Hao Wang will always fondly remember his time as a graduate student at the University of Illinois at Urbana-Champaign and as a research assistant at ATREL. “While working on several projects related to the mechanistic analysis of pavement damage, finite element modeling, material performance testing, and non-destructive pavement testing, I learned to be a researcher,” Wang says. He also enjoyed the camaraderie, explaining, “ICT is like a big, close family. Everybody worked together and helped each other—like when a test pavement was built.” He also enjoyed the weekly Kent seminars where graduate students shared their research, learned from experts and enjoyed a pizza lunch.
Wang assisted in the completion of IDOT project R59, which examined pavement damage due to environmentally-friendly wide-base tires. This research led to other innovative projects that show the benefits of wide-base tires, including less pavement damage and reduced fuel consumption.
As a student researcher, Wang also contributed to a project studying the effects of friction on rolling tire-surface interaction for NEXTRANS and co-sponsored by IDOT. Other research included analyzing test methods and specification criteria for mineral filler used in asphaltic mixtures for NCHRP. While at ICT, Wang also assisted in the investigation of short-term performance of modified stone matrix asphalt (SMA) produced with warm-mix additives, which was sponsored by IDOT and the Illinois Tollway Authority.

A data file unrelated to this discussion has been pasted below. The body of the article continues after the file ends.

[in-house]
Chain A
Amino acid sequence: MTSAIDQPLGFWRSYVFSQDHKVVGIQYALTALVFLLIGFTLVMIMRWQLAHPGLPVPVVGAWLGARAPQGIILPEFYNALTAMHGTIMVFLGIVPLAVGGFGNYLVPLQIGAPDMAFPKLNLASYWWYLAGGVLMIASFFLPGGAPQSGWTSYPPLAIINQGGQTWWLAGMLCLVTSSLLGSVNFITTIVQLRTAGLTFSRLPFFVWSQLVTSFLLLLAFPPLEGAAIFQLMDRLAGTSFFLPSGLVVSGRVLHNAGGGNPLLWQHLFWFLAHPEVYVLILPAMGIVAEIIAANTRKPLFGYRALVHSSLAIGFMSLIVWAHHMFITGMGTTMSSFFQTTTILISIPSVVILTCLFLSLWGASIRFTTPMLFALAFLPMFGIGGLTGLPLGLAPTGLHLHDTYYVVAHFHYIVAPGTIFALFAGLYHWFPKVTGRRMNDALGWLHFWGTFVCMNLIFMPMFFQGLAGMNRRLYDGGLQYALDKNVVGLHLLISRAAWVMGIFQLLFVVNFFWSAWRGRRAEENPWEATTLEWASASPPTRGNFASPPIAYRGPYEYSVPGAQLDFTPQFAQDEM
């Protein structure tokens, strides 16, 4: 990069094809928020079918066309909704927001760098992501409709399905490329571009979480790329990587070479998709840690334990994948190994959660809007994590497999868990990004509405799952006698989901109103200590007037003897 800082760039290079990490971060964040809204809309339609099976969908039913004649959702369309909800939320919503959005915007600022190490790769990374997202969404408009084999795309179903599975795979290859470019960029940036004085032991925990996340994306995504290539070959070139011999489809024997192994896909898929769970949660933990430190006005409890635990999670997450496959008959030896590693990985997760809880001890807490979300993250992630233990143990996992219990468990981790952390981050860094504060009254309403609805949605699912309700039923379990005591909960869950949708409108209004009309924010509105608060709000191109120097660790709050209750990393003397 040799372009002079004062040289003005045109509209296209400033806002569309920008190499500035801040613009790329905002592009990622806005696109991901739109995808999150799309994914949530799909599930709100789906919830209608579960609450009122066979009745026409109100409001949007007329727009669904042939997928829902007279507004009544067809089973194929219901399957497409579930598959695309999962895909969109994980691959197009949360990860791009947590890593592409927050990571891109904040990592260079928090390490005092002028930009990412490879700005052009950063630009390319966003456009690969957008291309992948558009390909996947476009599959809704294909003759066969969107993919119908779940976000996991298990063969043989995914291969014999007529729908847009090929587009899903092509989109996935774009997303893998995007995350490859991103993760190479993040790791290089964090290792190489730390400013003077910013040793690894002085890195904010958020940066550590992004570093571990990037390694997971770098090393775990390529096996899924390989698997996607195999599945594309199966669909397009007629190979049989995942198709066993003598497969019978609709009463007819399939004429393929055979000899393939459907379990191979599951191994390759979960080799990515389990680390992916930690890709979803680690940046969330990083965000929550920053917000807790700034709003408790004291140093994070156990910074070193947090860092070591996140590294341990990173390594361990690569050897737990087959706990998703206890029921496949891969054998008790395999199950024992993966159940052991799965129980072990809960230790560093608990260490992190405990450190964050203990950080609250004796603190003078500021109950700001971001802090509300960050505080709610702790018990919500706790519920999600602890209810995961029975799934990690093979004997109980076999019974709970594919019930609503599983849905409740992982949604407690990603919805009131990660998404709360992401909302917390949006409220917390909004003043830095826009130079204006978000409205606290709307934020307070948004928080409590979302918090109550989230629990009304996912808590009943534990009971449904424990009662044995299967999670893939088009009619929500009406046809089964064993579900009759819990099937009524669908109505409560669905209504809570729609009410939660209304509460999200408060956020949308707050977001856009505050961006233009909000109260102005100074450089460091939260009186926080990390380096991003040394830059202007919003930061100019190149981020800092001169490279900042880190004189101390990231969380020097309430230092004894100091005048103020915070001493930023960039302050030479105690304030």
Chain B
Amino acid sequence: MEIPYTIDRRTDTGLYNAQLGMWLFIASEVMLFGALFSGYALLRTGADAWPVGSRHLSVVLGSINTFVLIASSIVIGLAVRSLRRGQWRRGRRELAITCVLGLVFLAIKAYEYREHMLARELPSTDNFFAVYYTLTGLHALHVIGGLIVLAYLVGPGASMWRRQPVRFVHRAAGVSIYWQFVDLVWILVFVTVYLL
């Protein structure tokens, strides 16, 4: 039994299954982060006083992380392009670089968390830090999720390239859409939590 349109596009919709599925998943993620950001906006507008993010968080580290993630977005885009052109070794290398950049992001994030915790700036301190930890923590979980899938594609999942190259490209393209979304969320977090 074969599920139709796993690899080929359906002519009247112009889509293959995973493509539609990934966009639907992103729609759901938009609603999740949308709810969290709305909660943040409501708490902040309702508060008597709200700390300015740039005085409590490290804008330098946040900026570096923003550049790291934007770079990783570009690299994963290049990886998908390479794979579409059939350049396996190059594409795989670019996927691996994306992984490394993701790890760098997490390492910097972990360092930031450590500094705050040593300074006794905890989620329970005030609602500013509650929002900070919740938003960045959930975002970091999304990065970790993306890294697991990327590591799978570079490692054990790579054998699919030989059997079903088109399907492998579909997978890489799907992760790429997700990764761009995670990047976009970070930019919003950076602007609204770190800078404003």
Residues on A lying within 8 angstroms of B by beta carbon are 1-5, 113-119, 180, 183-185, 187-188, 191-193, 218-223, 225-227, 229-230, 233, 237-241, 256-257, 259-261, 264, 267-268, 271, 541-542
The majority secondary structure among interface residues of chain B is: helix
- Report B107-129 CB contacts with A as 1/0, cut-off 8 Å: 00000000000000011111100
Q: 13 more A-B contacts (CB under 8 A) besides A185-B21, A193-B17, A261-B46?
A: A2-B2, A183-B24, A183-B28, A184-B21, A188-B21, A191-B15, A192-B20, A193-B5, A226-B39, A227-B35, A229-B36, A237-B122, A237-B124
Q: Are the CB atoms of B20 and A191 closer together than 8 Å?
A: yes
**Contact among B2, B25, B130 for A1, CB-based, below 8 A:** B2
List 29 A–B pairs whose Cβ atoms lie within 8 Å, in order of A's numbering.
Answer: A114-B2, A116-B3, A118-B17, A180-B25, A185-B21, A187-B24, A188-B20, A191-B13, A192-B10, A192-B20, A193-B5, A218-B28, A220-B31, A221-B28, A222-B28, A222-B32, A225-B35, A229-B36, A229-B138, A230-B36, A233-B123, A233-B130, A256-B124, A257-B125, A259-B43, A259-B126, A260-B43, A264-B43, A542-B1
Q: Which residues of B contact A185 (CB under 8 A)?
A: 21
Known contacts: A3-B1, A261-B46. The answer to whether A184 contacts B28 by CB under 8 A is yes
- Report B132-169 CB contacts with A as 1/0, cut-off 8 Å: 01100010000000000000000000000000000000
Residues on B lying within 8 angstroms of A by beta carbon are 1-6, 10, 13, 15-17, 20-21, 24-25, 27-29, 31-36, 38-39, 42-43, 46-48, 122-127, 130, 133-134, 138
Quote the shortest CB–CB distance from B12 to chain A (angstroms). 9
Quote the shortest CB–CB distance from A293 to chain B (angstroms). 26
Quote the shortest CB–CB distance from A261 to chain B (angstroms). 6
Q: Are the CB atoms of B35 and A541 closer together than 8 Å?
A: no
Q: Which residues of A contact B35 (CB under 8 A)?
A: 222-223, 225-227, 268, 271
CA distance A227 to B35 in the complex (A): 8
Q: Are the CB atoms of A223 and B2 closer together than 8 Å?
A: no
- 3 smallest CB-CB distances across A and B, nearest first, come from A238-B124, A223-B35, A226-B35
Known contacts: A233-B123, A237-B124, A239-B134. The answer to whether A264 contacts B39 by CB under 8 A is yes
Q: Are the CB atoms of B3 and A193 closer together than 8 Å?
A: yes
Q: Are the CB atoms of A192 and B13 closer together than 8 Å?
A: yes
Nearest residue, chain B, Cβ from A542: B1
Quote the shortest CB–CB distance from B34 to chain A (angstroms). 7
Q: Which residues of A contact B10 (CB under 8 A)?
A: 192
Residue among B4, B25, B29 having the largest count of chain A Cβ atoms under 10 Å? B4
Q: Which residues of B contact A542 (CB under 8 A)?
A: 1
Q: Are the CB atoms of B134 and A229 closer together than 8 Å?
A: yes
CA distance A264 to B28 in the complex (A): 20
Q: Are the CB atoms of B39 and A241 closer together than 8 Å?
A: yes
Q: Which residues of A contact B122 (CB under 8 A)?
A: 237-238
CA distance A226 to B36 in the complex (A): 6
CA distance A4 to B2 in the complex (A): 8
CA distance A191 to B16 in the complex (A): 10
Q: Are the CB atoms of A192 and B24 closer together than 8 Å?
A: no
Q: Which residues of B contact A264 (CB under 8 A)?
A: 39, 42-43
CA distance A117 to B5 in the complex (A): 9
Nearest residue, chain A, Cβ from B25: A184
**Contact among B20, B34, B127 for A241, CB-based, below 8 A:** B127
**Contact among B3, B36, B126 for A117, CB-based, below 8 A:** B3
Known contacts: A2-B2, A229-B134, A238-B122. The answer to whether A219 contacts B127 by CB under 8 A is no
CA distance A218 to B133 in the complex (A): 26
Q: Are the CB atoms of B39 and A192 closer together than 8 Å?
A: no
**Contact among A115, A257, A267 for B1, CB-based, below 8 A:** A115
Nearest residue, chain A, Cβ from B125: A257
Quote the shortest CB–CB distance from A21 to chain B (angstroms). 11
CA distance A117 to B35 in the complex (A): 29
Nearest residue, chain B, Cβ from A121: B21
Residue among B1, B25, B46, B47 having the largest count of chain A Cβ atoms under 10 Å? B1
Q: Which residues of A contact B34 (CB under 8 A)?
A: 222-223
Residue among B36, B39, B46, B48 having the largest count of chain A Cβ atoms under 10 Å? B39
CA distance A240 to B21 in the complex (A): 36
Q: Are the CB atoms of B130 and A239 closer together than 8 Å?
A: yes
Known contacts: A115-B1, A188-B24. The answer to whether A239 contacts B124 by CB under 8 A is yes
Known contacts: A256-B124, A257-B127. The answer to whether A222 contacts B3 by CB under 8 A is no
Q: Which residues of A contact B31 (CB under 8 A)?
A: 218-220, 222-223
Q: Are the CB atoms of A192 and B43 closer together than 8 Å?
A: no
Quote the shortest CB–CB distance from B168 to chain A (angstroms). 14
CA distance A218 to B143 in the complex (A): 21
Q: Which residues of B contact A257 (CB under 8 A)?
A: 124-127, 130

After Wang graduated with his Ph.D. in May 2011, he accepted an assistant professor position in the Department of Civil and Environmental Engineering at Rutgers University. There, he is leading a project investigating hot-mix asphalt payment adjustment for the New Jersey Department of Transportation and teaching transportation and pavement courses in his department.
When he is not teaching or researching, Wang enjoys playing badminton and watching movies.